Committed to accelerating the transition to renewable energy to address the future power demand growth in Sri Lanka, Gaia Greenenergy Group has entered into two agreements with the Board of Investment (BOI) to install rooftop solar systems for 100 MW, worth US $ 61 million investment, in the Central and North Central provinces.
In phase two of these projects, the capacity and investment would double to 200 MW and US $ 122 million to be completed within 18 months.
The signing of agreements took place recently at the Investor Facilitation Centre of the BOI headquarters in the presence of Investment Promotion State Minister Dilum Amunugama, BOI Chairman Raja Edirisuriya and Gaia Greenenergy Group directors.
The two agreements were signed to set up and operate rooftop solar photovoltaic systems to generate electricity to the national grid under the Net Plus Plus scheme of the Ceylon Electricity Board, using the rooftops of schools, hospitals and other government buildings belonging to the Central Provincial Council and North Central Provincial Council.
The group has already secured concessions in the Uva, Southern, Western and Sabaragamuwa provinces for a total capacity of over 500 MWp and a foreign direct investment of US $ 300 million. They have already started the development of 20 MWp in the Uva province and completed most of it.
They work in a revenue share model, where they share 15-16 percent of the top line revenue with the provinces, giving the provinces their highest revenue source, once the project is completed. Once the national programme is operational, it’s expected to generate 750 GWh of energy annually and save US $ 400 million of diesel imports for power generation per annum.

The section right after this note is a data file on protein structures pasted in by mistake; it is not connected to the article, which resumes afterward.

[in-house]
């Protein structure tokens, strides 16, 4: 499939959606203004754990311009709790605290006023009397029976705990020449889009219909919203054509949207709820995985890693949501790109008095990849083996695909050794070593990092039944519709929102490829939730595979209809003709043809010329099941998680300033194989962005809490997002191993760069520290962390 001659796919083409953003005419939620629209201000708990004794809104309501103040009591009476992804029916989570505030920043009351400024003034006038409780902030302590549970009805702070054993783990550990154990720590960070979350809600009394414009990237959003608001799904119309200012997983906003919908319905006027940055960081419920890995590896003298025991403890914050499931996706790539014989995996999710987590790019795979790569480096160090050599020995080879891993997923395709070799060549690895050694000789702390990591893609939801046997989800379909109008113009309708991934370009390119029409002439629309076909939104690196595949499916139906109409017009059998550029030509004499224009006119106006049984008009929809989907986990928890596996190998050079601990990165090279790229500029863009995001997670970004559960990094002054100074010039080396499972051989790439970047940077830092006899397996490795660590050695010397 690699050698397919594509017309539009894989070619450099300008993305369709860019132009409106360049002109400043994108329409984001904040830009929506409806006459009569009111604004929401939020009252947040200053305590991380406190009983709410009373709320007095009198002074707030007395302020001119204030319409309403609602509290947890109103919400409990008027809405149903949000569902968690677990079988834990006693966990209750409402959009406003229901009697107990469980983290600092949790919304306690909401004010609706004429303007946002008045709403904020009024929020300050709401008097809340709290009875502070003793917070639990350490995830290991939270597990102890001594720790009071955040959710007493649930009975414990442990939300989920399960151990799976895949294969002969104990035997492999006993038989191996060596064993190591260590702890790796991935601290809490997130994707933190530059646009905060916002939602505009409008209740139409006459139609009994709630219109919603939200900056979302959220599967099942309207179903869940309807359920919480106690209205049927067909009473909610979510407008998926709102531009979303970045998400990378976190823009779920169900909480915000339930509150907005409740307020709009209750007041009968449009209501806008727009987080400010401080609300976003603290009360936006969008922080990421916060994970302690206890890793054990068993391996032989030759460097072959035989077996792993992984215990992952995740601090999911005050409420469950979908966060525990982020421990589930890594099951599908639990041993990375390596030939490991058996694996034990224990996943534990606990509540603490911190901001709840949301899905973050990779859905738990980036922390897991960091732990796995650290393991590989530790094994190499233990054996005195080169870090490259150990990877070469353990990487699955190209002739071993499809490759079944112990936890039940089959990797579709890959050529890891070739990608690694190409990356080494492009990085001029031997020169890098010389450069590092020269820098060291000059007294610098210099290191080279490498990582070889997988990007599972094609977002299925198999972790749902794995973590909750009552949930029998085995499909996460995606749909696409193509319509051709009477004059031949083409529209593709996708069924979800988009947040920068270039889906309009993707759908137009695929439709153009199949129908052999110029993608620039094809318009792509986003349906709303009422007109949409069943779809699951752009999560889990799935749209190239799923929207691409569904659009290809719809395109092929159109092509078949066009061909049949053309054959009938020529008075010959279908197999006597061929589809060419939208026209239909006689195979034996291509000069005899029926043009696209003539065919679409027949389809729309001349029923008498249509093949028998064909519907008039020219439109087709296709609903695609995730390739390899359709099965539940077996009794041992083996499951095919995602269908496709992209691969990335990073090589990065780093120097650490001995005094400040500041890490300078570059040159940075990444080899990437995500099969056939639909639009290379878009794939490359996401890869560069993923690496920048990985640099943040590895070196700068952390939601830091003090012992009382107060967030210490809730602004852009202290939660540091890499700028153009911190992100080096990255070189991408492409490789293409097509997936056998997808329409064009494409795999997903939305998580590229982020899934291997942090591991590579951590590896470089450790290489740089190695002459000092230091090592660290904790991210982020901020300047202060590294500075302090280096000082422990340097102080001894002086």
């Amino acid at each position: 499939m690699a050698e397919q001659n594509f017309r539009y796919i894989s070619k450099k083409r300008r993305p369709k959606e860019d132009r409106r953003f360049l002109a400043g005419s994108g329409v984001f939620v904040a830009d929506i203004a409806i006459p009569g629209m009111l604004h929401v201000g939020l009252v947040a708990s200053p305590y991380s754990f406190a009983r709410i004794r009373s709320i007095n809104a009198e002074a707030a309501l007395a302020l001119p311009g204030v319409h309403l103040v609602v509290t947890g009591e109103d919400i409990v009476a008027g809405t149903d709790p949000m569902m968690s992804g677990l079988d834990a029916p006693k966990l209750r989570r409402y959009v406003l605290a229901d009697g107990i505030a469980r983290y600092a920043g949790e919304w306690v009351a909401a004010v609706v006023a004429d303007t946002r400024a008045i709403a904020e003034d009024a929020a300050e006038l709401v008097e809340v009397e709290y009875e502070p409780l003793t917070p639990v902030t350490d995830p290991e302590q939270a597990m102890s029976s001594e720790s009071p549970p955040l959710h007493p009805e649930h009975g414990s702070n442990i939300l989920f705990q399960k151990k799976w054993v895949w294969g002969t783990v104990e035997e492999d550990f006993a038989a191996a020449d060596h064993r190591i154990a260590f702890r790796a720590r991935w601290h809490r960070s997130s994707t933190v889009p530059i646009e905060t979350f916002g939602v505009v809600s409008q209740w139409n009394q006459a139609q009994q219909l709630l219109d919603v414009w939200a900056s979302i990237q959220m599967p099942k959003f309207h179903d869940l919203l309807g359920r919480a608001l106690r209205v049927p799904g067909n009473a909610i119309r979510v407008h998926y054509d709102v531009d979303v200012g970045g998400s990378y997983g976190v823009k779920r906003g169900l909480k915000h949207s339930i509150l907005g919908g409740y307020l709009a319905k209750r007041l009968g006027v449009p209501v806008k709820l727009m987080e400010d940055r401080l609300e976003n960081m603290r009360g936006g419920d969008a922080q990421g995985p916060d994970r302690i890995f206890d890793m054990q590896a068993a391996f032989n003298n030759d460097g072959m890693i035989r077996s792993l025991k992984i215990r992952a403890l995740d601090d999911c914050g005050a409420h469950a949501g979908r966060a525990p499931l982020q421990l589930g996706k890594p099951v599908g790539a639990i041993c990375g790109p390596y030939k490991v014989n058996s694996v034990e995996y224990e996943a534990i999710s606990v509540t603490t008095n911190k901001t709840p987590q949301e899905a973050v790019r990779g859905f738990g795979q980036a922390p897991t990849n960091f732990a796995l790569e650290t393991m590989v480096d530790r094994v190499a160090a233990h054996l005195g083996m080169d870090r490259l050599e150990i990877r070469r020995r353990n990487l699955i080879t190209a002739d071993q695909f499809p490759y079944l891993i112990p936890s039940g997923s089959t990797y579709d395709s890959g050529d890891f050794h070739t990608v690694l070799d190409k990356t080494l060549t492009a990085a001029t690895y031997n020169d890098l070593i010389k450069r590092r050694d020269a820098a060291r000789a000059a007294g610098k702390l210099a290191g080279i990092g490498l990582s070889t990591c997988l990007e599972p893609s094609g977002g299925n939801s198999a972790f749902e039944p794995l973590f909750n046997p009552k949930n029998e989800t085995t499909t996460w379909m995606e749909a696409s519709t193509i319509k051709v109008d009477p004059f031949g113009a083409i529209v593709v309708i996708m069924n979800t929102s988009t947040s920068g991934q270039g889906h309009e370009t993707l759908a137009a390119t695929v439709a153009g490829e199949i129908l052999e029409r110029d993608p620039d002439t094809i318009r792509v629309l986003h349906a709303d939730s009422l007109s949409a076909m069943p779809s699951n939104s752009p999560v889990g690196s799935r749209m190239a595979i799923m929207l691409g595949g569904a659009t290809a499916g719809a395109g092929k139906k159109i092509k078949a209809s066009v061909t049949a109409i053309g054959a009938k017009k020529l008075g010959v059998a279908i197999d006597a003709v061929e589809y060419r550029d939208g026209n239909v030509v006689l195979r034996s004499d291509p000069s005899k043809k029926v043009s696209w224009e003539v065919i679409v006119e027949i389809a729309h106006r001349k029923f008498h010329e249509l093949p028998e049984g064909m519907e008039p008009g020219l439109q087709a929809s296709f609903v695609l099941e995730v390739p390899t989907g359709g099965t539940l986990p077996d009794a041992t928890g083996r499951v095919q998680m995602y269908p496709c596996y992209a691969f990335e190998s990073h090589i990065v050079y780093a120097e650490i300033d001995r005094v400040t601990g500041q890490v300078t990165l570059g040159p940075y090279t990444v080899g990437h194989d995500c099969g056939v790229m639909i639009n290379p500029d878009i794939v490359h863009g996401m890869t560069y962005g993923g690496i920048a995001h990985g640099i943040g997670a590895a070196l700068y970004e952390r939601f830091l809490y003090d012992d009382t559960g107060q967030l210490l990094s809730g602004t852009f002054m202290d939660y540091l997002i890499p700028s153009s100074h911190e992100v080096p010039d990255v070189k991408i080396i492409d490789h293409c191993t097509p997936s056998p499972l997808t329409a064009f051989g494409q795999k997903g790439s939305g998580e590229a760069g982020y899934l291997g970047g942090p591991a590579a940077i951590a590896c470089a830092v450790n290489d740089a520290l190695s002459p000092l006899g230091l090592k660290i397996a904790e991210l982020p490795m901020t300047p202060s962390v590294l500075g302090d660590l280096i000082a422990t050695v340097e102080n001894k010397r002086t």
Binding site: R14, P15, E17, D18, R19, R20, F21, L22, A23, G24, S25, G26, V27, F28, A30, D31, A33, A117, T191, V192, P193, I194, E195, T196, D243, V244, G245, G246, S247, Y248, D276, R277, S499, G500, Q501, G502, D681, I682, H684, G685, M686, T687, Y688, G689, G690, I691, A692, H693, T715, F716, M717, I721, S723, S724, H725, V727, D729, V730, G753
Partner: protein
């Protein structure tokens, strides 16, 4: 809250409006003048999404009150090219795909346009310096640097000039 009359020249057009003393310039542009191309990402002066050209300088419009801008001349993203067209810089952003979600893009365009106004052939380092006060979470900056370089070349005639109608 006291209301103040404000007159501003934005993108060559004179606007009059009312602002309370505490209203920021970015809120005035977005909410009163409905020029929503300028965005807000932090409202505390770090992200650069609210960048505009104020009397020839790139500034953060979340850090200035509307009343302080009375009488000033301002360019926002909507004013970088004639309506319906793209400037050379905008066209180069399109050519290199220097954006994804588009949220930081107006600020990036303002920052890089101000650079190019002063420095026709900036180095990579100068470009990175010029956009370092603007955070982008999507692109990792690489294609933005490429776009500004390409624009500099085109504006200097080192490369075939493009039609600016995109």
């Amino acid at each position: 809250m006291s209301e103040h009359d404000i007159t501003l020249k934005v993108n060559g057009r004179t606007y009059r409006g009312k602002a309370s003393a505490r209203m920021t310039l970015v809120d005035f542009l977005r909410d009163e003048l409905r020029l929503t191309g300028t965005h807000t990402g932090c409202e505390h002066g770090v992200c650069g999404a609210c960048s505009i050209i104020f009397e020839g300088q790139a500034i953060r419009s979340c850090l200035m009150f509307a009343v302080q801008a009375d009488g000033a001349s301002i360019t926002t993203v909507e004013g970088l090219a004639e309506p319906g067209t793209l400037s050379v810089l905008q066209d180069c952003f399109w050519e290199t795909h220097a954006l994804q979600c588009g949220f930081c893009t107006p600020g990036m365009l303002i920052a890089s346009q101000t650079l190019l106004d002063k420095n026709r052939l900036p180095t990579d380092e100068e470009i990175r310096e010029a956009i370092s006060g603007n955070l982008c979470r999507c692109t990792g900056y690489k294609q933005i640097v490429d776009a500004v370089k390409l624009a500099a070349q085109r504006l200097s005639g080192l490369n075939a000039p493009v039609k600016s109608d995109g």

A study done by the University of Moratuwa proved that 65 MWp of rooftop solar in the Uva province can eliminate daytime power cuts without a disturbance to the national grid. These power cuts have seriously impacted the small to medium enterprises and industries and medical clinics.
Given the distributed nature of rooftop solar projects, they contribute greatly to stabilising the grid and significantly reducing the transmission and distribution losses. Additionally, these projects can be developed and scaled much faster than the large ground-mounted projects, given that the ground-mounted projects require complex multi-institutional approvals and usually compete with valuable agricultural lands.
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